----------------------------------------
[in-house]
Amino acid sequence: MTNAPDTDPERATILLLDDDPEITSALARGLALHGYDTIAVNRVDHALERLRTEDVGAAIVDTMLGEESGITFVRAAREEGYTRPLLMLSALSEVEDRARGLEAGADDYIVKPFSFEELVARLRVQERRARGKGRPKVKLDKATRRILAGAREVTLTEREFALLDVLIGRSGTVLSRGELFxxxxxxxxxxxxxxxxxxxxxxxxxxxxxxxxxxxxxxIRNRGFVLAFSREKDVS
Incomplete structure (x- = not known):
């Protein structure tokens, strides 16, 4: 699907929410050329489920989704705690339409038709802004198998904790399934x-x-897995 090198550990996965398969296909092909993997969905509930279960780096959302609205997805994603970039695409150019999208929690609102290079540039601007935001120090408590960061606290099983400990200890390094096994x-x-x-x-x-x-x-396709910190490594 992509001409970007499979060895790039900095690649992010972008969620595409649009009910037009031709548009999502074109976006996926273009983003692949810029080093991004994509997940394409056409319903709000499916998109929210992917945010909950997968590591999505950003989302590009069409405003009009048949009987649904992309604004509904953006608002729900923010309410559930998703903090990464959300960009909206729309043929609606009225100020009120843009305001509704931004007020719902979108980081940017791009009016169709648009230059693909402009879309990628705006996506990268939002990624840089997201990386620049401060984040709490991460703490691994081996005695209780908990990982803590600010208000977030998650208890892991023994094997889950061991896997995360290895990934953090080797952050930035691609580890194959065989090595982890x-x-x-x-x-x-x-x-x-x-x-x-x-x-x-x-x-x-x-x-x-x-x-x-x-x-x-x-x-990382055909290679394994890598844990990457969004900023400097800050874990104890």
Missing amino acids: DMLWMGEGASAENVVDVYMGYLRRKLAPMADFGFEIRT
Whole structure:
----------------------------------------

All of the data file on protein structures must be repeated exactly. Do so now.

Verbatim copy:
[in-house]
Amino acid sequence: MTNAPDTDPERATILLLDDDPEITSALARGLALHGYDTIAVNRVDHALERLRTEDVGAAIVDTMLGEESGITFVRAAREEGYTRPLLMLSALSEVEDRARGLEAGADDYIVKPFSFEELVARLRVQERRARGKGRPKVKLDKATRRILAGAREVTLTEREFALLDVLIGRSGTVLSRGELFxxxxxxxxxxxxxxxxxxxxxxxxxxxxxxxxxxxxxxIRNRGFVLAFSREKDVS
Incomplete structure (x- = not known):
């Protein structure tokens, strides 16, 4: 699907929410050329489920989704705690339409038709802004198998904790399934x-x-897995 090198550990996965398969296909092909993997969905509930279960780096959302609205997805994603970039695409150019999208929690609102290079540039601007935001120090408590960061606290099983400990200890390094096994x-x-x-x-x-x-x-396709910190490594 992509001409970007499979060895790039900095690649992010972008969620595409649009009910037009031709548009999502074109976006996926273009983003692949810029080093991004994509997940394409056409319903709000499916998109929210992917945010909950997968590591999505950003989302590009069409405003009009048949009987649904992309604004509904953006608002729900923010309410559930998703903090990464959300960009909206729309043929609606009225100020009120843009305001509704931004007020719902979108980081940017791009009016169709648009230059693909402009879309990628705006996506990268939002990624840089997201990386620049401060984040709490991460703490691994081996005695209780908990990982803590600010208000977030998650208890892991023994094997889950061991896997995360290895990934953090080797952050930035691609580890194959065989090595982890x-x-x-x-x-x-x-x-x-x-x-x-x-x-x-x-x-x-x-x-x-x-x-x-x-x-x-x-x-990382055909290679394994890598844990990457969004900023400097800050874990104890």
Missing amino acids: DMLWMGEGASAENVVDVYMGYLRRKLAPMADFGFEIRT
Whole structure: